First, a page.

United Airlines has made a decision to settle out of court with a passenger who was forcibly removed from a Chicago flight, bringing to light the company's troubled policies. United Airlines had previously announced that it would no longer ask law enforcement officers to remove passengers from its planes over booking issues, and that crew members would not replace boarded passengers.
Under the terms of the deal, the amount of the settlement will remain confidential.
Other US carriers have reacted by reviewing their own policies for the handling of passengers in cases where travellers have to give up their seats.
United also said it would take actions to reduce overbooking of flights and improve customer satisfaction.
United said in a separate statement that it was pleased to reach "an amicable resolution of the unfortunate incident that occurred aboard flight 3411".
The physician became a symbol of mistreated passenger rights after a video showing Dao being dragged down the aisle of the flight by Chicago Aviation police officers at O'Hare airport went viral.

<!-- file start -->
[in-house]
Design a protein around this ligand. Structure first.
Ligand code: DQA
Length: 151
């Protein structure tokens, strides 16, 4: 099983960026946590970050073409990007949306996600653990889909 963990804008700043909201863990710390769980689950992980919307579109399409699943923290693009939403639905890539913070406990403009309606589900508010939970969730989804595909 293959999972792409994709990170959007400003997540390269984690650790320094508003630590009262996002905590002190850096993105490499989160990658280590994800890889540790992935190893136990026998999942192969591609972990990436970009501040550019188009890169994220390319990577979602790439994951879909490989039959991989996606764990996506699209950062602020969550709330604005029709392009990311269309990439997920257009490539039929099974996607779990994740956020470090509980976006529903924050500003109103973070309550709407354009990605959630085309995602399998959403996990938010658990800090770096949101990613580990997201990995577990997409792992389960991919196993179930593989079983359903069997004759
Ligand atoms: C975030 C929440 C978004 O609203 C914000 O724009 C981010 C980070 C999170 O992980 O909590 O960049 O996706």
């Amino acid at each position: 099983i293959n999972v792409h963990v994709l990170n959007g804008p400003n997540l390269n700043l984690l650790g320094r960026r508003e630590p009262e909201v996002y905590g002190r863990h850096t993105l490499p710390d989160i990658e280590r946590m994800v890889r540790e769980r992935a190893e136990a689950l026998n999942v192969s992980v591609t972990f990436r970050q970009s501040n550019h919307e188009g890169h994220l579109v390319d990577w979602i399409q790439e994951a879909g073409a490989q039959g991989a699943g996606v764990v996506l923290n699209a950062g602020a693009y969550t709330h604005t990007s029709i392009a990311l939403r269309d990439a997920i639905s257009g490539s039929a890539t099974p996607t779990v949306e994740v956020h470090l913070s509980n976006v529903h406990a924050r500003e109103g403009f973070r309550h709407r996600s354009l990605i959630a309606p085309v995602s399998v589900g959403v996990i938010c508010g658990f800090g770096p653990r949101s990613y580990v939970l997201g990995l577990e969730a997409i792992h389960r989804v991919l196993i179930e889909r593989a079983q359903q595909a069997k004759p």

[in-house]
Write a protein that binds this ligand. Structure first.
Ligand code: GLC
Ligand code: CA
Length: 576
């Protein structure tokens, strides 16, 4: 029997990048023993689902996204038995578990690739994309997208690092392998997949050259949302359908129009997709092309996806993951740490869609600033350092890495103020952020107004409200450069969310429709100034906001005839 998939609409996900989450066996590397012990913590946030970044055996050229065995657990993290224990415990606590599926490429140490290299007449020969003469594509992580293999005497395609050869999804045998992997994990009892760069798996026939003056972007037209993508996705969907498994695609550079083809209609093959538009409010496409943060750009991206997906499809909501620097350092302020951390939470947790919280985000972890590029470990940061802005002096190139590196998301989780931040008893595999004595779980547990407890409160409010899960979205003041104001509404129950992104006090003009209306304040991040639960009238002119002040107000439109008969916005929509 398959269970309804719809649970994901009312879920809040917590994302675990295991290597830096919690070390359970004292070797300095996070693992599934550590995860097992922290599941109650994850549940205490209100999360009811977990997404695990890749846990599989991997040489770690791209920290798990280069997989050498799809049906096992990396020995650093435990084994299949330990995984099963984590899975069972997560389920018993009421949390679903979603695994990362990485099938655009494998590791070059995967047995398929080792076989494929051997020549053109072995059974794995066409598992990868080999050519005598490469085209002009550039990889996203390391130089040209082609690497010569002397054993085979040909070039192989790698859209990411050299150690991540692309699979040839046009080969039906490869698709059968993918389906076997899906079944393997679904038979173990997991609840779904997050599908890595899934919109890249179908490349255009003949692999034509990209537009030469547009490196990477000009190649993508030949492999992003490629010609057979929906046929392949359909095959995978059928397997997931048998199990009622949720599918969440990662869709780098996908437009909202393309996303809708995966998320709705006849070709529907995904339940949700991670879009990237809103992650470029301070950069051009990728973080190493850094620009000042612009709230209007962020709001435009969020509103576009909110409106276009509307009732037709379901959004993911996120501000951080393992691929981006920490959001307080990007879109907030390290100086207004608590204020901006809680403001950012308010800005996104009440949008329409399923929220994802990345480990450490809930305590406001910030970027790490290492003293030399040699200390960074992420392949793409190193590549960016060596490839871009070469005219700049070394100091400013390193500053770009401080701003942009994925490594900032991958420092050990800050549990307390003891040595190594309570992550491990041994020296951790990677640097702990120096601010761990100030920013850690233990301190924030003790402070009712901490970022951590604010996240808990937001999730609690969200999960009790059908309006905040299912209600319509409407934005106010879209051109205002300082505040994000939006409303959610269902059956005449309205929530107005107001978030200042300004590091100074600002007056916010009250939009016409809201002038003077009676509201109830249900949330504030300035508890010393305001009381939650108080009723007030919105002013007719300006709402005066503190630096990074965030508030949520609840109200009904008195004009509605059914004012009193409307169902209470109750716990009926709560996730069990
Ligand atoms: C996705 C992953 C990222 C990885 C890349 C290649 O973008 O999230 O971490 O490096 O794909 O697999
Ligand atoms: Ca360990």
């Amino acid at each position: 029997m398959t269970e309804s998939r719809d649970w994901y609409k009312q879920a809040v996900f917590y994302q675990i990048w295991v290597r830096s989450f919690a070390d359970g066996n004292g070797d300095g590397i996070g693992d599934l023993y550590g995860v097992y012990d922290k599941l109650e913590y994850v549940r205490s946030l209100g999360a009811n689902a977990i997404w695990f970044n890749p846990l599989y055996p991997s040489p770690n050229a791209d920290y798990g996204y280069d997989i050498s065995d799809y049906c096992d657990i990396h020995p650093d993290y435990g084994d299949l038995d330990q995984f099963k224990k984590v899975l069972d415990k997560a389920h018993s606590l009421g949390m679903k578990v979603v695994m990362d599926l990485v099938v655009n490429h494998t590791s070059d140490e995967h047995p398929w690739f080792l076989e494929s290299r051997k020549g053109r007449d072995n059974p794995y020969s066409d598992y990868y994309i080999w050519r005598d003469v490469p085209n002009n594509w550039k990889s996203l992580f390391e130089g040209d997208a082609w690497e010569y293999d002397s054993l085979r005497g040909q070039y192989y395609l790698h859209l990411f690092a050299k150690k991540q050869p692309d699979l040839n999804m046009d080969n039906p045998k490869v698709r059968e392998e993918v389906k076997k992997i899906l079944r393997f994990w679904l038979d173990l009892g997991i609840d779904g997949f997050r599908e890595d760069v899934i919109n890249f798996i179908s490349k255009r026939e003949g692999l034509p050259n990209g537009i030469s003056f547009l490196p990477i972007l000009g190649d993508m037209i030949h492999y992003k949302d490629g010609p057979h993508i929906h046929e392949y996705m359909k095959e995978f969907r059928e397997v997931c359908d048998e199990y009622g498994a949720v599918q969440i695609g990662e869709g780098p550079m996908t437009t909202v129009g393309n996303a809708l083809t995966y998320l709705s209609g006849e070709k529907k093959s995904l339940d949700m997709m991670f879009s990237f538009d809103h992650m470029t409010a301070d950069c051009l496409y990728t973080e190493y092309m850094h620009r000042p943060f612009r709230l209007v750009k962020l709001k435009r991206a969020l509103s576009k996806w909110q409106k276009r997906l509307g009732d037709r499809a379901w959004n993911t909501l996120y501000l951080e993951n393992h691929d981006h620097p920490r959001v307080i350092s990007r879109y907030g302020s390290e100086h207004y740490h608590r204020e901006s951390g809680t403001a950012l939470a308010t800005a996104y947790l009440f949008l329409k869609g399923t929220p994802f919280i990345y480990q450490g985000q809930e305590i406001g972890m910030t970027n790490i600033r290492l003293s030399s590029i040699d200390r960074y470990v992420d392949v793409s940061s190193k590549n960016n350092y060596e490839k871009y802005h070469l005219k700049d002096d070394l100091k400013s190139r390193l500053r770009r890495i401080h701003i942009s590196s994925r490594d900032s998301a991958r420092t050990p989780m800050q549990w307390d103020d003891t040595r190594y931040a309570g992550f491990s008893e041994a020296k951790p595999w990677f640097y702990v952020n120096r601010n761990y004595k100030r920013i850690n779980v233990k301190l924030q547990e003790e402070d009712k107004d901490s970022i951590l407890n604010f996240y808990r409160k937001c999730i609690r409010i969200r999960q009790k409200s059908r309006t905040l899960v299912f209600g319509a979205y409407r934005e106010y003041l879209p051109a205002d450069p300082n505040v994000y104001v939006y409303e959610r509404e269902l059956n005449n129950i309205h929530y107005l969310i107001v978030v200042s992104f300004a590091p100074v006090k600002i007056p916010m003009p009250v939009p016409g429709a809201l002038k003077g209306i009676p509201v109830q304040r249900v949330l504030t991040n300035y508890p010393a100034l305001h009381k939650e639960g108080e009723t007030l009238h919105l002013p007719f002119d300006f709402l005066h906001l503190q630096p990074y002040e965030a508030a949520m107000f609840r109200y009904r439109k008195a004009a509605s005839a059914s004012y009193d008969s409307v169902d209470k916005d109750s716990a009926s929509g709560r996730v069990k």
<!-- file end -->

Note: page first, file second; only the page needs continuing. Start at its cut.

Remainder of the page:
Dr Dao's daughter later said her father's harrowing ordeal was worse than his experiences during the Vietnam War. Following the lead set by Delta last week, United says it will significantly increase the compensation it can give to passengers who voluntarily give up their seats on overbooked flights.
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CEO Gary Kelly announced Thursday that Southwest will no longer overbook its flights, ending a practice that sometimes leaves paying passengers without a seat.
United had Dao removed from the plane to accommodate four crew members who needed to get to St. Louis, Mo.
"United has taken full responsibility for what happened", he said, "without attempting to blame others".
"I breached public trust with this event and how we responded", Mr Munoz said.
- Sending displaced passengers or crew members to nearby airports, putting them on other airlines or arranging for vehicle transportation to get them to their destinations.
United also says it will find other ways to move crew members to locations, like transporting them to other airports or by vehicle, to avoid having to bump passengers.
"It's nearly an absurd amount of money - said Christina Park, another United Airlines passenger".
If no one volunteers, airlines can boot passengers from flights against their will.